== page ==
Joined: 09 Jan 2007
Location: St John's Town of Dalry
|Posted: Mon May 12, 2014 7:49 pm Post subject: Location Data
|If you just want the easiest way to get a 10 digit NGR then skip to the last paragraph.
National Grid Reference (NGR)
A NGR is in two parts, the first part is two character ‘grid letters’ and each pair of grid letters describes a 100km by 100km square on an Ordnance Survey map. For example NX covers most of Galloway. The second part is the ‘digits’ which can be 4, 6, 8 or 10 which give increasing levels of accuracy.
A 4 digit NGR describes a 1km by 1km square, 6 digits a 100m by 100m square, 8 digits is a 10m by 10m square and 10 digits a 1m square. The first half of the digits describes the ‘easting’ and the second part the ‘northing’ i.e. the distance to the East and North of the starting point (of the grid letter pair). A NGR must have both the letters and digits and is usually referred to as being a 6 (or 4 or 8 or 10) figure grid reference.
For example NX 619 811 describes a 100m by 100m square of St John’s Town of Dalry and finding an item on the ground within that square would depend on how obvious it was. Whereas NX 61927 81138 would define the location of the War Memorial within one metre in either direction.
NGRs can be written with or without spaces. The greatest accuracy that can be obtained by using a paper map is a six figure grid reference whereas a GPS (or smartphone app) can provide a 10 figure grid reference. Be aware however that a GPS or smartphone will only be accurate to between 6 and 10 metres depending on how many satellites can be picked up.
Latitude and longitude
Using latitude and longitude is an alternative method of pinpointing the exact location of a specific place on the earth’s surface and is commonly used by satellite positioning systems and GPS devices. Latitude specifies the north-south position of a point and longitude the east-west position.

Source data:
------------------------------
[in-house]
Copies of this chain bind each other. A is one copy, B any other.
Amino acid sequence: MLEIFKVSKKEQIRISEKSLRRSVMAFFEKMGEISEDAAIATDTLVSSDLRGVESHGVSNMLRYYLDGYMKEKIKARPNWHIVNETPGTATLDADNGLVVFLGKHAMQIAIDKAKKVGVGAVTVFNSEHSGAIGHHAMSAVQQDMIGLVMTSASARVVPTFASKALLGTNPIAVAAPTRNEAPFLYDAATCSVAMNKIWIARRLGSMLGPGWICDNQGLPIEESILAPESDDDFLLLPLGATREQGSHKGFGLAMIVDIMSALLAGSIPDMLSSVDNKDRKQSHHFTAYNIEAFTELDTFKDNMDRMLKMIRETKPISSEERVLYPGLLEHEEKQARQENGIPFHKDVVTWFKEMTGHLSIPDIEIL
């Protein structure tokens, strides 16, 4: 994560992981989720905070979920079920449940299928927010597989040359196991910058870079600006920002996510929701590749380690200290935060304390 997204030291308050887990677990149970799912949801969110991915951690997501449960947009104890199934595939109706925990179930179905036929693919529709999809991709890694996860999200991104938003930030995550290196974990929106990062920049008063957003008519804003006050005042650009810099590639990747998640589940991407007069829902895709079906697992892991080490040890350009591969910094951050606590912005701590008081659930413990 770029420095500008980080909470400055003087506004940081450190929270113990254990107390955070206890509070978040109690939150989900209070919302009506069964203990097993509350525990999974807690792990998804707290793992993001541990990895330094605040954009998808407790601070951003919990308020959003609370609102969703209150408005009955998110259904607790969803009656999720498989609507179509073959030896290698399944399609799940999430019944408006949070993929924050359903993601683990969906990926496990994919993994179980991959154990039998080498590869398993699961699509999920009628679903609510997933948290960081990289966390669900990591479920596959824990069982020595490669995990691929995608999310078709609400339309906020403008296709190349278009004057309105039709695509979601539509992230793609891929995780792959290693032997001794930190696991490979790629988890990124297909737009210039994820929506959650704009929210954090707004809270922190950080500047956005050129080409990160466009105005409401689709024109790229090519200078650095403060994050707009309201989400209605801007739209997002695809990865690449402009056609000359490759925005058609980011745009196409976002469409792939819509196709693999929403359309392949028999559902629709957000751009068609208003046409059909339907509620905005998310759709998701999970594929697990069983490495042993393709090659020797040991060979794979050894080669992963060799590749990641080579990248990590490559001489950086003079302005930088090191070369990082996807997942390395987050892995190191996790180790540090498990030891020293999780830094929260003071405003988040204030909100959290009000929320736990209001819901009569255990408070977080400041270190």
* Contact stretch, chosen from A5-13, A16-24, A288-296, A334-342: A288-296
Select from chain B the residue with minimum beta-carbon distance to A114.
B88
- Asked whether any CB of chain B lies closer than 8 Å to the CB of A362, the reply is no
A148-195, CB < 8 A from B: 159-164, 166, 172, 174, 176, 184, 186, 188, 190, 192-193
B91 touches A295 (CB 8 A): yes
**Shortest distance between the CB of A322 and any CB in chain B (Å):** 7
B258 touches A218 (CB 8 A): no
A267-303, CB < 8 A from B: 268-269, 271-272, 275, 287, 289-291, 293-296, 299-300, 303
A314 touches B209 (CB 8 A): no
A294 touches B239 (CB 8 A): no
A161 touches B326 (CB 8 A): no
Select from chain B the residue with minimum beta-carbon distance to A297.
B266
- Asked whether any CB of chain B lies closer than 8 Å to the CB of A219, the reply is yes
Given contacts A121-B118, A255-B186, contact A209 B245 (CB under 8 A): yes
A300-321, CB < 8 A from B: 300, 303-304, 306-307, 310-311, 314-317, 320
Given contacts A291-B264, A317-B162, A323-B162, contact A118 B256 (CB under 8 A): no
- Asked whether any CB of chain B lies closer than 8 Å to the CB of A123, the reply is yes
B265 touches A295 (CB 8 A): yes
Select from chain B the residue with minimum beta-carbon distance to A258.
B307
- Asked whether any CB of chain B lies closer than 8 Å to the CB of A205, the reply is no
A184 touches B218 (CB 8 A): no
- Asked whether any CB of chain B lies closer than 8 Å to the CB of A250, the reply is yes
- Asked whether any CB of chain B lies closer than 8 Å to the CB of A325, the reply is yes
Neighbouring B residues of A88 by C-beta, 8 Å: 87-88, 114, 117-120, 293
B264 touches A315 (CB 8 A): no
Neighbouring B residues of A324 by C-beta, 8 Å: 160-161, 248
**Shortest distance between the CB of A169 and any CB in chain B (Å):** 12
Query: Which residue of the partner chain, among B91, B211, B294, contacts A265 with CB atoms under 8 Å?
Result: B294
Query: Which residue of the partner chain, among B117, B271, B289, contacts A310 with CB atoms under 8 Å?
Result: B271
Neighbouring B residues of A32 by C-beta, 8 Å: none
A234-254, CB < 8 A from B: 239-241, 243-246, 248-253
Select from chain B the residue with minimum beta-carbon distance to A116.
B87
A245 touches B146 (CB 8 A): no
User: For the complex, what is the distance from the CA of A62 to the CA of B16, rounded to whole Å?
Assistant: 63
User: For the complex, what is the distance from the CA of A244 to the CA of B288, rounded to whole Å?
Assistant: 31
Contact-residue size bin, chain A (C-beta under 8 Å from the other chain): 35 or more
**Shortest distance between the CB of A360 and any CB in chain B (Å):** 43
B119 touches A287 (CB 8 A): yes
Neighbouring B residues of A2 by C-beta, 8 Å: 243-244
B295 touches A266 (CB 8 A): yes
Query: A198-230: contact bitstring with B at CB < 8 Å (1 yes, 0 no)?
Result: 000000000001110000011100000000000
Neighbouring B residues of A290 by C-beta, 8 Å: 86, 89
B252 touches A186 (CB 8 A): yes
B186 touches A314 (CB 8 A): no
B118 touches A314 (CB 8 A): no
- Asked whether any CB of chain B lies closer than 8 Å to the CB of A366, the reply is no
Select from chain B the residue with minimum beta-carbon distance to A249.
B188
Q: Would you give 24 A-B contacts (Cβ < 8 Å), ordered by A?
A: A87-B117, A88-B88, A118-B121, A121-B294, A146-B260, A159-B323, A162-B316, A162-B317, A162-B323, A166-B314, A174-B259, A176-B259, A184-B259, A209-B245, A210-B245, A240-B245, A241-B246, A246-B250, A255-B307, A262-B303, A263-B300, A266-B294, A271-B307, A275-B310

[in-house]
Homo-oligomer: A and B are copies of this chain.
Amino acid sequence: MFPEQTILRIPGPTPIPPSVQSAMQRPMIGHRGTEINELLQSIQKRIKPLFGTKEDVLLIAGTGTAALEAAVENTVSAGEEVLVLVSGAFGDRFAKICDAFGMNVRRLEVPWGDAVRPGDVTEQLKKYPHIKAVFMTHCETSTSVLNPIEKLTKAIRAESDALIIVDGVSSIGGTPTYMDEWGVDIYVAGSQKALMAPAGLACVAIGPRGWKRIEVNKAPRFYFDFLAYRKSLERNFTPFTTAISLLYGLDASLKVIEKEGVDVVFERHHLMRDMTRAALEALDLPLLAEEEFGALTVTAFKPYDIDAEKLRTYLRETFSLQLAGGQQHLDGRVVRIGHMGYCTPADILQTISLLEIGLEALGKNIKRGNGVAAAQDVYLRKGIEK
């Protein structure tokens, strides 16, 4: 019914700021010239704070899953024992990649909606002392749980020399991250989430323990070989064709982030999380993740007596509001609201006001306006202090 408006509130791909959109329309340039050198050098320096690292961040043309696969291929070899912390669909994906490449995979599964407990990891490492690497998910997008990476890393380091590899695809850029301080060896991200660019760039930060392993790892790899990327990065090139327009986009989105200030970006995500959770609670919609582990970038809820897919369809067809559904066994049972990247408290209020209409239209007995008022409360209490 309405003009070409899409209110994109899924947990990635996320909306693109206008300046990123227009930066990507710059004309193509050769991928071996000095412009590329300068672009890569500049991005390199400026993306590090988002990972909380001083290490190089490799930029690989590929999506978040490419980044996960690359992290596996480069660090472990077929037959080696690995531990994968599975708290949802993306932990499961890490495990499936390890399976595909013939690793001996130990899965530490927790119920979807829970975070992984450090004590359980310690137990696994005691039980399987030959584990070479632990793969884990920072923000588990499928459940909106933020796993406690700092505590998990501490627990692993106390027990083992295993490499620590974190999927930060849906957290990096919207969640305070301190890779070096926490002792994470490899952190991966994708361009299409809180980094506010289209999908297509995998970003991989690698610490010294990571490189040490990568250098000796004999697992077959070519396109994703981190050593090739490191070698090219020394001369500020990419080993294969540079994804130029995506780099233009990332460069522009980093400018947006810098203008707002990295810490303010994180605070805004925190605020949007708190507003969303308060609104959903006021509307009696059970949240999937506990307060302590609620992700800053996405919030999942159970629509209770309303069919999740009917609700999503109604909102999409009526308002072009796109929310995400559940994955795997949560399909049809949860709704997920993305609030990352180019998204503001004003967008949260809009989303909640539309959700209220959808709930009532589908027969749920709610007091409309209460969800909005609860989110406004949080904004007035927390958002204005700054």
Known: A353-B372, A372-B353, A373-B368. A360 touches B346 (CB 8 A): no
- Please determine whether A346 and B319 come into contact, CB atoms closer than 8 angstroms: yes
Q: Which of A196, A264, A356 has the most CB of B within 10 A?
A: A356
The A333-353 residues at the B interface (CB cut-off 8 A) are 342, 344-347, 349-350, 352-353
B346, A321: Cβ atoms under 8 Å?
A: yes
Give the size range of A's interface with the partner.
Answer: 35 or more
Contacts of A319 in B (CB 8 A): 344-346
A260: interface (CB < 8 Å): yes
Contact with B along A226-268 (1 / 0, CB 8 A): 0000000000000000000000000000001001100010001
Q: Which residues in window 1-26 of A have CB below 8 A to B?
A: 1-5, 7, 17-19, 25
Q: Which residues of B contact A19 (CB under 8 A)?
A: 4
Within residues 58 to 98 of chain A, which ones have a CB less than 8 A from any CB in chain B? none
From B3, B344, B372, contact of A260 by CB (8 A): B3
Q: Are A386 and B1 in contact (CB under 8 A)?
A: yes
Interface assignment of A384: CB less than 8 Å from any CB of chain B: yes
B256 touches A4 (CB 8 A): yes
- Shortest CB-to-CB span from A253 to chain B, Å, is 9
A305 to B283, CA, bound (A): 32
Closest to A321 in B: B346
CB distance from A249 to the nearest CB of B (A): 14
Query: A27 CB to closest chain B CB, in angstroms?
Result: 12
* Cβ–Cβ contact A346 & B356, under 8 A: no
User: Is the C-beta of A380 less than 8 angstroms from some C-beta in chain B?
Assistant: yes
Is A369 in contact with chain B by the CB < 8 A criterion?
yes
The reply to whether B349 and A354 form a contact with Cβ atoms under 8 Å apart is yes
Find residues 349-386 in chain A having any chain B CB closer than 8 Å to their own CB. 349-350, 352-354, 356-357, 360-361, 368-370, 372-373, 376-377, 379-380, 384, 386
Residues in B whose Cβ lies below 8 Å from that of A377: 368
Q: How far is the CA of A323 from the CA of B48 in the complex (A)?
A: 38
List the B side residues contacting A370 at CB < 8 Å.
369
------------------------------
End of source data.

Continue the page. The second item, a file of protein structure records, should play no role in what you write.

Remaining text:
Latitude defines the number of degrees above (plus) or below (minus) the equator. Longitude is measured in degrees East (plus) or West (minus) of the Greenwich meridian. Traditionally, degrees, minutes and seconds were used but it is now more normal to use decimal degrees.
You may come across the abbreviated version of the terms ‘lat-long’. For an example of a latitude and longitude reference ‘55.105367 -4.165778’ is the war memorial in St John’s Town of Dalry.
It is possible to convert directly from NGR to lat-long and vice-versa. One way of doing this is the website
A note about Post Codes
Post codes do not define a geographical point or area but are a list of addresses to which mail can be delivered. Sometimes this can be a post box and be somewhat distant from the addressees premises. There are also instances where a new building can retain the postcode of the previous building even if it is a little way distant so any location system (e.g. car satnav) using Post Code data has built in inaccuracies. Of course, remote locations such as fields, forests and the top of hills do not have a postcode.
To find out more about location data, go to http://www.ordnancesurvey.co.uk/blog/2013/03/map-reading-skills-learn-how-to-use-grid-references/
To obtain a 10 figure Grid Ref
If you have a smartphone, the easiest way to get a 10 figure grid ref (NGR) of your current location is to use the free app ‘Grid Ref’ – just press the button and it is there on the screen. Failing that, when you are back at home, go to http://gridreferencefinder.com then right click to get the info you need.